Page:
Wednesday, December 7, 2011

Leadership at Age 7

My husband, son and I recently traveled to New Jersey for the Thanksgiving holiday. This is a trip I typically avoid at all costs due to the abundance of traffic that flows from New England down to the tri-state area at this festive time of year. If you have never been on the George Washington or the Tappanzee Bridges in a traffic jam then count yourself as most lucky! For those that know it, welcome to hell! Truly.

Anyway, we went to be with the entire clan to celebrate the holiday at my parents house. Something we have not done in many long years. In fact, I do not think my mother has had the entire family over since she lived in Trumbull, CT and that was close to 20 years a go! So it has been a long time indeed. My sisters and I took on the task of cleaning the house, preparing the food and getting the place ready for the feast. It was a lot of work and while it was very exhausting and most stressful, it was fun having us all together, including some new additions to the extended family. That just made it all the more special.

In the midst of preparing the meal and sweating buckets in my elderly parents already too warm house, made even hotter by dual ovens baking and stove burners blazing, my son came up to tell me he wanted to plan some fun activities for everyone to participate in after the dinner. In my distracted and steaming brain, I vaguely recall telling him it sounded great and no I could not help. He knew it was going to be up to him to to take on this responsibility, and without missing a beat in that positive, upbeat way kids have when all is right with the world, he said "OK I will!" I told him to ask his Dad for any help he might need and that was that!
Ty looking so proud of his accomplishments

As the morning progressed and the heat rose to almost 90 in the house, (I kid you not) my son continued to update me periodically on his ideas. I have to be honest and say here that I was so consumed by the heat and the need to get things moving along for the arrival of the guests that I truly was not listening to him fully in the moment. In addition, my sister and I were far more focused on opening the front door of the house to get a cross breeze blowing. Our meager attempt to cool us off in that ridiculously hot kitchen. I would then lookout for Dad, so I could rapidly close the door when he was spotted approaching. Talk abut being transported back to being a kid again! We felt like two little, naughty girls doing something "bad" behind our parents back, only it was way more fun! (Dad and Mom don't know this so help keep our secret, MUMS the word!)

After dinner, Ty came to me and asked me to announce that the activities were to begin. He gave me a handwritten sheet of paper on which he had carefully written the name of each activity and who was going to be in each station. There were four in all. A Turkey hunt all over the downstairs to search out 5 hand drawn turkey pictures that were hidden. A cut-out, craft project that my son was hosting in which each participant would trace their hand and footprints to construct a turkey. Then there was pop up card making station, in which two different card designs could be made, hosted by my sister, and finally a math game station that my husband was asked to host.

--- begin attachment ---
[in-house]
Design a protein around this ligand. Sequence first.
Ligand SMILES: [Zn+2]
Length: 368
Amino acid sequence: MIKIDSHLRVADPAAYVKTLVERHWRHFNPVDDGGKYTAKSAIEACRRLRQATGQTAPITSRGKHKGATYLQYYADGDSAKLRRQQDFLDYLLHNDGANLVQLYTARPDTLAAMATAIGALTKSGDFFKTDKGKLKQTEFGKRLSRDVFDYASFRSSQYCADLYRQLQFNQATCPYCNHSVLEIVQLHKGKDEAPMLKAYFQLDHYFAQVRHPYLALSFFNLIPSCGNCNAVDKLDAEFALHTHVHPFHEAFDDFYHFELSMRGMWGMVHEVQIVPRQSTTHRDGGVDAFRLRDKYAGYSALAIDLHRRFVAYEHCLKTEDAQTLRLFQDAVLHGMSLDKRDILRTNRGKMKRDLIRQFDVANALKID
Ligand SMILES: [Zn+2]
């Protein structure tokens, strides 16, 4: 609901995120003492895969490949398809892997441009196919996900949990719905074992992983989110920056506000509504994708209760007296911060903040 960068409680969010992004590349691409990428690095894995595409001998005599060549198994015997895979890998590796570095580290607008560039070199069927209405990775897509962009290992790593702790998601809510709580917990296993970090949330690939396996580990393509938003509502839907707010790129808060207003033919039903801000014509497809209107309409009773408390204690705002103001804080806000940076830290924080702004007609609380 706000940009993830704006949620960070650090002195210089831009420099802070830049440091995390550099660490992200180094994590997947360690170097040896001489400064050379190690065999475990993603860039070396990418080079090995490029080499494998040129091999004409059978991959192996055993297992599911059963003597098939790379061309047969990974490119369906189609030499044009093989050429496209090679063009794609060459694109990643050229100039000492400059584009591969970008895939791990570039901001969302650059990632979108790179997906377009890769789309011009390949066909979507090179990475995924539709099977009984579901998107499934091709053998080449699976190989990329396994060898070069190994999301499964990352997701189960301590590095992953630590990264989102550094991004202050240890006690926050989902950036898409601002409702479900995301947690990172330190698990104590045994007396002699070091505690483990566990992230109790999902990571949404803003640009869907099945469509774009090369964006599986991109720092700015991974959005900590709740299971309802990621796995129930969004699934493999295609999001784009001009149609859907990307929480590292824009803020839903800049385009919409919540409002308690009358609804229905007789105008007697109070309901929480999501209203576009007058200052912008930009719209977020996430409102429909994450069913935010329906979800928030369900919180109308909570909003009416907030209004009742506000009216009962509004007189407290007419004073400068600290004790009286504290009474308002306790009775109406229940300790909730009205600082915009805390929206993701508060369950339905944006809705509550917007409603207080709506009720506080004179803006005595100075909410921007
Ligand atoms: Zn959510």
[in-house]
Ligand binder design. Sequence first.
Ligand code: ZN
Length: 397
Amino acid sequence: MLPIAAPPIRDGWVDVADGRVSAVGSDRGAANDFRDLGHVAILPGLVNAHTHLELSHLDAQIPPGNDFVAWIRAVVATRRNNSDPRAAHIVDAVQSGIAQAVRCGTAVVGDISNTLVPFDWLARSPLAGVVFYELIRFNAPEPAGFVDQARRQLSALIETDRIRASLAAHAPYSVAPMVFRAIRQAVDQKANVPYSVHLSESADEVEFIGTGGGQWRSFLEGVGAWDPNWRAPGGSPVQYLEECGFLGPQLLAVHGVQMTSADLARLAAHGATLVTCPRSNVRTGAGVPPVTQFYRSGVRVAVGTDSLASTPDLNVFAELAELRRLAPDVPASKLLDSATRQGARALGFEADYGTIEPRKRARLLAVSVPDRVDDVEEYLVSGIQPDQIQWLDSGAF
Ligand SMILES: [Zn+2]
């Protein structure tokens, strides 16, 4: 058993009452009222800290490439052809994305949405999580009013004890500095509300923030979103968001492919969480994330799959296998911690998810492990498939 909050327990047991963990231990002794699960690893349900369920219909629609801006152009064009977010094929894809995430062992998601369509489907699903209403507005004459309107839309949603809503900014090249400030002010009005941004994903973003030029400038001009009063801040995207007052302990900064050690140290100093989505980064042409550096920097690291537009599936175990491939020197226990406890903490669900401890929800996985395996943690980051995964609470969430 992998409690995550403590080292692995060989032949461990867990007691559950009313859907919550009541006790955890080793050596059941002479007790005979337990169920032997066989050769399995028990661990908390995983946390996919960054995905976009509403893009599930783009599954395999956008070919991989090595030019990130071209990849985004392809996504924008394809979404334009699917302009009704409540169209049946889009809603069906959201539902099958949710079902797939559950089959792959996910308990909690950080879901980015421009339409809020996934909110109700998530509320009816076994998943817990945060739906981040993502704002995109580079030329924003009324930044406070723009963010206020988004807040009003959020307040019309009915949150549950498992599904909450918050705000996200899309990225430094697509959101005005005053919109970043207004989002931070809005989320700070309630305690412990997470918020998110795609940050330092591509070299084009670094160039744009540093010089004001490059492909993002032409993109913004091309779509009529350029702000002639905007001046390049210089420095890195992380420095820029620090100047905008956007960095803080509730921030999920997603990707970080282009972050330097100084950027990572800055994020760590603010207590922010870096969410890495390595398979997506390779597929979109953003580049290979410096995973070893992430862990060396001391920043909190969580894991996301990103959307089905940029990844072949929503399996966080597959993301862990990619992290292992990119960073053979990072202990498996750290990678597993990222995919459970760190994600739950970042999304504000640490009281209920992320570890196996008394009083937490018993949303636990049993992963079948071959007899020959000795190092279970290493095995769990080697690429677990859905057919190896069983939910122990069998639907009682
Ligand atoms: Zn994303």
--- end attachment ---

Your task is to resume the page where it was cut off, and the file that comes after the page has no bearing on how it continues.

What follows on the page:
Everyone had a lot of fun, despite being stuffed and tired from all the food. There was a ton of shared laughter and good sportsmanship about participating. One nephew expressed his dislike of math, but his love of games won out, and he quickly discovered, much to my sons delight, that math can be fun!
Pop up card station participants

Aunt Terry hosting

Ty helping his grandmother trace her foot
It was not till long after the day was over and my tired brain was finally able to process the days events that I truly came to see what my little 7 year old had undertaken and achieved in so short a period of time. I was overcome with emotion as I realized that he not only had taken the opportunity to work independently to make sure everyone had a good time, but he taught me that he is indeed a "born" leader! Despite his youthfulness and years of growing up yet to do, there was a glimpse of the very capable and strong man that he is to become and I almost missed it happening due to my own distractedness that day.

He took the time to have his father tell him the names of everyone who was coming so he could divide us up into groups. Those groups were carefully thought out by him and were indeed ones that really worked well together. He taught all of his hosts what they need to do and set up the activity areas with all the necessary objects, such as pens, paper, game boards, scissors, tape, etc, to make it easy on the guests to participate. He thoughtfully selected locations for each station and made sure there were enough seats for each person. In short, he took the "bull by the horns" and 16 people had a blast!

Two hip college students making turkey cut-outs
Dad leading the dudes in math games
I am so moved to be retelling the days events here because I know how difficult it can be as a parent to truly "see" it all. It is so easy to become caught up with our myriad of activities and routines, that we sometimes miss what is unfolding right before our very eyes.  So thank you to my little man who took so much upon his young shoulders and made the day even more special for a bunch of "grown-ups" who every now and then need to be reminded what it means to let go and be a kid! I am in awe of the man you are to become one day and no matter what your path or choice in life, know now that you are supported in all your future endeavors whatever those may be! 

After all, raising a child is about learning to let them go, even when the things they do make us want to hold on to them even tighter.







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